• During the Chernobyl disaster, the worst nuclear disaster in the history of nuclear energy, resulted in an initial two deaths during the explosion, and an additional 28 deaths due to acute radiation poisoning from the clean up effort afterwards. An increase in the region of 4,000 cases of thyroid cancer have been reported, but it is also known that the screening process for such cancer, having been vastly improved, may be a significant reason for increased numbers of the disease which while still capable of being deadly, is often treatable.
  • During the Three Mile Island disaster, it is reported that “there were no injuries or adverse health effects from the Three Mile Island accident.” Yet people continue to think of it as a disaster instead of just an ultimately what it really was, an innocuous failure.
  • During the Fukushima disaster, while 19,000 people were killed by the tsunami that wreaked havoc on the nuclear plant located there, the nuclear plant killed no one—its fail-safes having largely done their job. Despite the media’s constant focus on the nuclear plant, the killer was mother nature.
  • From 2006 to 2012, there were 375 people killed mining for coal alone. That means that in a seven-year span, 12.5 times more people were killed bringing coal energy to market compared to a 28-year span of bringing nuclear energy to market. Specifically, a worker is 4,000 times more likely per kilowatt-hour, to die bringing coal to market, than nuclear energy.
  • The reactors used at Chernobyl, Three Mile Island, and Fukushima were all outdated reactors. The Chernobyl reactor, a relic of the communist Russian government at the time, which was infamous for its poor quality products. The reactor’s shortcomings were so vast that it would be laughable if it had not resulted in so many deaths, and affected the livelihoods of many more. As such, it seems almost unfair to use it in an argument against nuclear energy—no one in this modern era would build such a reactor.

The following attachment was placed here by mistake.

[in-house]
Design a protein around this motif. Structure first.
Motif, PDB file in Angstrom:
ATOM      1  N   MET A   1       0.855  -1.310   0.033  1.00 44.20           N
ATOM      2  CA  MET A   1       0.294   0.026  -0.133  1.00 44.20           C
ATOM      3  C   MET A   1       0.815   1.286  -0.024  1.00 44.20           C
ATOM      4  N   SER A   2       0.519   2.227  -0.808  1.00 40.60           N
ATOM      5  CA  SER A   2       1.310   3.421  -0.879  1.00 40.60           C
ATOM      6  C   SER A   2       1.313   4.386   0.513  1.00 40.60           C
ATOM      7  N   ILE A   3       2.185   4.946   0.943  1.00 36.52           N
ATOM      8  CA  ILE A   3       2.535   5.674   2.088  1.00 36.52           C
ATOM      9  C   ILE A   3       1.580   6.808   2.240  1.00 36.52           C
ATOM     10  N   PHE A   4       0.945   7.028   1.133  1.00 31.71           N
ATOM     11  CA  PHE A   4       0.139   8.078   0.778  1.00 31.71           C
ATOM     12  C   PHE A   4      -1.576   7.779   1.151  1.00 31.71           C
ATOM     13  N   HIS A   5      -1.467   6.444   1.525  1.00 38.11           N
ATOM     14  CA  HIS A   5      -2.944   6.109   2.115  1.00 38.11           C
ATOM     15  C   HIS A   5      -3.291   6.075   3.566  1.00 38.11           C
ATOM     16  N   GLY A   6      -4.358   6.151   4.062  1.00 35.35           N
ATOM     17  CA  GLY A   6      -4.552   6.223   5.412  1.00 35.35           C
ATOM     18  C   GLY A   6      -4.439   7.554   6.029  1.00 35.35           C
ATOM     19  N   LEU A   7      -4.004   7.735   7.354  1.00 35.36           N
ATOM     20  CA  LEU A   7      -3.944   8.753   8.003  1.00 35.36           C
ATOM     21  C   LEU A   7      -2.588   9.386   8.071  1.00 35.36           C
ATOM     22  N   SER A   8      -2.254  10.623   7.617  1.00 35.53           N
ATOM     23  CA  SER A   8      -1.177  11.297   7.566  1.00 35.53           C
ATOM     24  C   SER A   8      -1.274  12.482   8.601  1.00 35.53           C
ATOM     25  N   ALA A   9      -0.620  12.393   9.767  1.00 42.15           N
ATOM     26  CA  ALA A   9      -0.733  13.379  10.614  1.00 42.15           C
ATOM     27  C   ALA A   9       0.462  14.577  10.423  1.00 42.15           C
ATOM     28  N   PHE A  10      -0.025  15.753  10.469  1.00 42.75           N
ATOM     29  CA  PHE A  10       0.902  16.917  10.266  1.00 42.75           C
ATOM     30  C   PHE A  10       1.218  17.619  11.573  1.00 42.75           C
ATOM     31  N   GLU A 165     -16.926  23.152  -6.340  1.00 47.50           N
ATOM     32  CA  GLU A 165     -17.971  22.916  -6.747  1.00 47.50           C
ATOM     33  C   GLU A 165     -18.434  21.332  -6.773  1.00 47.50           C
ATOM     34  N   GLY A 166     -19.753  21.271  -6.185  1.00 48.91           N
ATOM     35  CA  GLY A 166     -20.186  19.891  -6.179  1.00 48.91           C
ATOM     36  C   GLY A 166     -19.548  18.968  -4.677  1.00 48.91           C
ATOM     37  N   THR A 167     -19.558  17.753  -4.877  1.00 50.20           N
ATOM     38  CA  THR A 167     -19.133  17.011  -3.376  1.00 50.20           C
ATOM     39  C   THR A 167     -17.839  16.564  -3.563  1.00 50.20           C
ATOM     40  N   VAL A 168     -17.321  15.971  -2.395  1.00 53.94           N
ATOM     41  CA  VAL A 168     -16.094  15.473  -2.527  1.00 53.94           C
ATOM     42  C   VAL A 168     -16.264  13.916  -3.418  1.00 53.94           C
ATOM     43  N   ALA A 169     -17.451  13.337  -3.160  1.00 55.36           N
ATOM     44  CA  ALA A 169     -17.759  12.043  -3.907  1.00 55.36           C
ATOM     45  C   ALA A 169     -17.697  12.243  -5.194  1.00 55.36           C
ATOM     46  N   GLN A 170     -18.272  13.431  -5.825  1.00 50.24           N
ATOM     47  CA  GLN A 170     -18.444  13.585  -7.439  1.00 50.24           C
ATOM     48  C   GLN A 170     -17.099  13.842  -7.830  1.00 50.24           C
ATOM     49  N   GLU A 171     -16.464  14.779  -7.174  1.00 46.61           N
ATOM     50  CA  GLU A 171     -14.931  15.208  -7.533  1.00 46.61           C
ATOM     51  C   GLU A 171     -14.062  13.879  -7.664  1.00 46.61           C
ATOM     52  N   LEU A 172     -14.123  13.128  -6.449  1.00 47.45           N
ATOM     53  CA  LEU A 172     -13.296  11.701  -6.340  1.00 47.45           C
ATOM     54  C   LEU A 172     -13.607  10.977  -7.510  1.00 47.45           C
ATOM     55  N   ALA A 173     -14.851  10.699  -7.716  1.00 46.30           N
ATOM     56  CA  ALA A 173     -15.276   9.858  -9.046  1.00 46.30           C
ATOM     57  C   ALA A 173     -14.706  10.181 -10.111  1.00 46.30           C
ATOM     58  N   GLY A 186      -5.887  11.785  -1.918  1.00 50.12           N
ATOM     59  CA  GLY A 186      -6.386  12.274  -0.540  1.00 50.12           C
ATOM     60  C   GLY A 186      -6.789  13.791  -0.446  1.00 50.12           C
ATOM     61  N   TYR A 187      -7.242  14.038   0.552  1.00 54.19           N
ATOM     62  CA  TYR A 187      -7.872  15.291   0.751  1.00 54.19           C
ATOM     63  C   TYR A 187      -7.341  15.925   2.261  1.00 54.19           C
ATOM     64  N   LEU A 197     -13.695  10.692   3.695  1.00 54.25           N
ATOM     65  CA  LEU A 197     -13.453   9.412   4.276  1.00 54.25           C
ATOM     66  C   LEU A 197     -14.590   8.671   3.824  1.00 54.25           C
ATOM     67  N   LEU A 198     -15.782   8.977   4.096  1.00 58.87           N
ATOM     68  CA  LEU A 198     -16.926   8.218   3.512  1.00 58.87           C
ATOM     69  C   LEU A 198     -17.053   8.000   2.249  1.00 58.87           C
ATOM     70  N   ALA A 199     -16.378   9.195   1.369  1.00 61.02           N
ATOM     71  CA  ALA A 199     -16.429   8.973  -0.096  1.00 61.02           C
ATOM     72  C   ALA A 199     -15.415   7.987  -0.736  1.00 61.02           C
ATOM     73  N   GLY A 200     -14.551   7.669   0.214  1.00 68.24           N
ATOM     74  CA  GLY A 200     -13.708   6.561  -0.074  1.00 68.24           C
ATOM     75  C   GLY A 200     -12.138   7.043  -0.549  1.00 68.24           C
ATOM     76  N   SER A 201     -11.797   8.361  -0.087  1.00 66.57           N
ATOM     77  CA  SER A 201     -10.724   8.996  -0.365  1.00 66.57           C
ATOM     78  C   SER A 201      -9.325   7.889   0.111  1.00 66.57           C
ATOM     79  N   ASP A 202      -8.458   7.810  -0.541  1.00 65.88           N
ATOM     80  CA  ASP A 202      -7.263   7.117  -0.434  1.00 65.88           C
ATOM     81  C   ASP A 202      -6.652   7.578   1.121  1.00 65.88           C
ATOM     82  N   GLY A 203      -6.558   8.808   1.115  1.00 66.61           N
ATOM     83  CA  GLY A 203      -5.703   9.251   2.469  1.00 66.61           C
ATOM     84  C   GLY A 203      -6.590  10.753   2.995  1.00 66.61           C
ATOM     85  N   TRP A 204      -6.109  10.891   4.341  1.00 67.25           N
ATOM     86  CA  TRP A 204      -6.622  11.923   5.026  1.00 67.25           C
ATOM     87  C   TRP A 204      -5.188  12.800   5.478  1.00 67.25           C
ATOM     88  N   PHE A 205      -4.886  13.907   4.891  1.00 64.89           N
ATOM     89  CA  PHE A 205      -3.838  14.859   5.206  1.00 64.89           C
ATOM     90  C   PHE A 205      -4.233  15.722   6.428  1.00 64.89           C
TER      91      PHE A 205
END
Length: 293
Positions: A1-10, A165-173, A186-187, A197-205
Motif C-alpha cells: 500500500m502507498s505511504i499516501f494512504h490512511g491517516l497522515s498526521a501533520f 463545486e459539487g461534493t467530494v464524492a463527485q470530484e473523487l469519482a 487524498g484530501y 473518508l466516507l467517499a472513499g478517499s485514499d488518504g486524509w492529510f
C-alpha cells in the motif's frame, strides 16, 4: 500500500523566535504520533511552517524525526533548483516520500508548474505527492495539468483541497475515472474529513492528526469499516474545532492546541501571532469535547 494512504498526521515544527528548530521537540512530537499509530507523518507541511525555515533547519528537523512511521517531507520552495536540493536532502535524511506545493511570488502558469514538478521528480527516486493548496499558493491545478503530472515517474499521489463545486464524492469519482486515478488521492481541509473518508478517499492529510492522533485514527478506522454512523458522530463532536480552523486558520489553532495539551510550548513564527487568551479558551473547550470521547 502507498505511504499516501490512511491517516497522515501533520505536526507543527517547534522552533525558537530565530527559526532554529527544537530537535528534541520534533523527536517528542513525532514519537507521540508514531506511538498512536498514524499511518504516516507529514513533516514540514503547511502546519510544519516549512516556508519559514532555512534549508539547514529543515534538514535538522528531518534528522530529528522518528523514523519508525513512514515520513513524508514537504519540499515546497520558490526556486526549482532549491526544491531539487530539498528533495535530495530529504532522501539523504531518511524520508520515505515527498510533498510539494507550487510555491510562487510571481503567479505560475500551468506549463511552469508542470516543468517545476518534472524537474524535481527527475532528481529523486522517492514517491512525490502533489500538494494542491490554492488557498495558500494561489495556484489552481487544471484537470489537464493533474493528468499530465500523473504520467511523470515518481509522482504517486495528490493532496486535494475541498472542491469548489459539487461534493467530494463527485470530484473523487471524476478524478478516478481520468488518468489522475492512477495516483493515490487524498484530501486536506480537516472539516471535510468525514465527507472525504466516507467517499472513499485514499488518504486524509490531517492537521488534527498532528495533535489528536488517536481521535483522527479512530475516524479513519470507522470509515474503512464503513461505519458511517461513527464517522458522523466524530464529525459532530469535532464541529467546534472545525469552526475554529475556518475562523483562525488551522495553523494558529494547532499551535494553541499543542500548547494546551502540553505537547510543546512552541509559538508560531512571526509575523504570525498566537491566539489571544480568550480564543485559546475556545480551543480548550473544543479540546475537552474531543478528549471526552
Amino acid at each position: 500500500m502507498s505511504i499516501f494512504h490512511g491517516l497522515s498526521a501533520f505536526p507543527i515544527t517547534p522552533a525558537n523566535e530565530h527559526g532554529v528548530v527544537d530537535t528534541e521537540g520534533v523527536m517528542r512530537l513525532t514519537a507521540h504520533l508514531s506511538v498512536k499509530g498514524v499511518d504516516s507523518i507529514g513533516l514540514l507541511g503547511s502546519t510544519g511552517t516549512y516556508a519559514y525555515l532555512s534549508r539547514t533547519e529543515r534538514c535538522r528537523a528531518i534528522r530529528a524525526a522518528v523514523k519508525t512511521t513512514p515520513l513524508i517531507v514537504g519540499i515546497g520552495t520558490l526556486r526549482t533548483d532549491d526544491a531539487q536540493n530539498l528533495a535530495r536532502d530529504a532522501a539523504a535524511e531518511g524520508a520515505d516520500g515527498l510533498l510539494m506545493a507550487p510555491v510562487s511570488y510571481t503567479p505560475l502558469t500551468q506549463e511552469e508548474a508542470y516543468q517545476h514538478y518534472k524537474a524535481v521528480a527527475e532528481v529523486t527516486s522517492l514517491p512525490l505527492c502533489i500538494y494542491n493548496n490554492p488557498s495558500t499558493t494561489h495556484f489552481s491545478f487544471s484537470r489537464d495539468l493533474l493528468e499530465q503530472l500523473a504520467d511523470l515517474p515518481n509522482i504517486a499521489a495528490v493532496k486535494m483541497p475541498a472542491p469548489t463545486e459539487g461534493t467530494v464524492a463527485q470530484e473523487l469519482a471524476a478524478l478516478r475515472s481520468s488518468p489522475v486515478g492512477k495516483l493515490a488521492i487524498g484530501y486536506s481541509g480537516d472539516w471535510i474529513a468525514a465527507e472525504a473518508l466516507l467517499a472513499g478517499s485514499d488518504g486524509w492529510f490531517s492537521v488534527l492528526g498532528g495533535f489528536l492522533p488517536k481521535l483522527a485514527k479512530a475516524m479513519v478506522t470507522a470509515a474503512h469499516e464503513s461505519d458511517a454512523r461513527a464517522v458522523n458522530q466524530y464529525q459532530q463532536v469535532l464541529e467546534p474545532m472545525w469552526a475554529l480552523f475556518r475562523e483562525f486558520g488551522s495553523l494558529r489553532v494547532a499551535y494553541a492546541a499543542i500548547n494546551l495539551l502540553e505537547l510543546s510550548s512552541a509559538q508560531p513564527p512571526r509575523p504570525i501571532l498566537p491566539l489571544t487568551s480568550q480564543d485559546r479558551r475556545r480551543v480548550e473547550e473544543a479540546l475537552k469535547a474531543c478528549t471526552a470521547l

• Burning coal, oil, gas, and other carbon-based fuels produces carbon dioxide, something that by all accounts is deemed bad for the atmosphere—global warming or just pollution-wise. Nuclear reactors however produce water vapor, and an incredibly low amount of radioactive waste that has been safely stored for decades without incident.

    Nuclear Power Plant Emits Only Water Vapor
    Nuclear Power Plant Emits Only Water Vapor
  • In a recent 12-month period from October 2012 to October 2013, solar power produced only 8.6 megawatt-hours of energy (0.21% of America’s usage). This means we would have to take all the solar panels in the United States and multiply them by 476 times to convert to a fully solar-powered nation.
  • Wind power produced a more respectable 164terawatt-hours, which is still only 4.06%. We’d need twenty-five times more windmills around the country to rid ourselves of fossil fuels.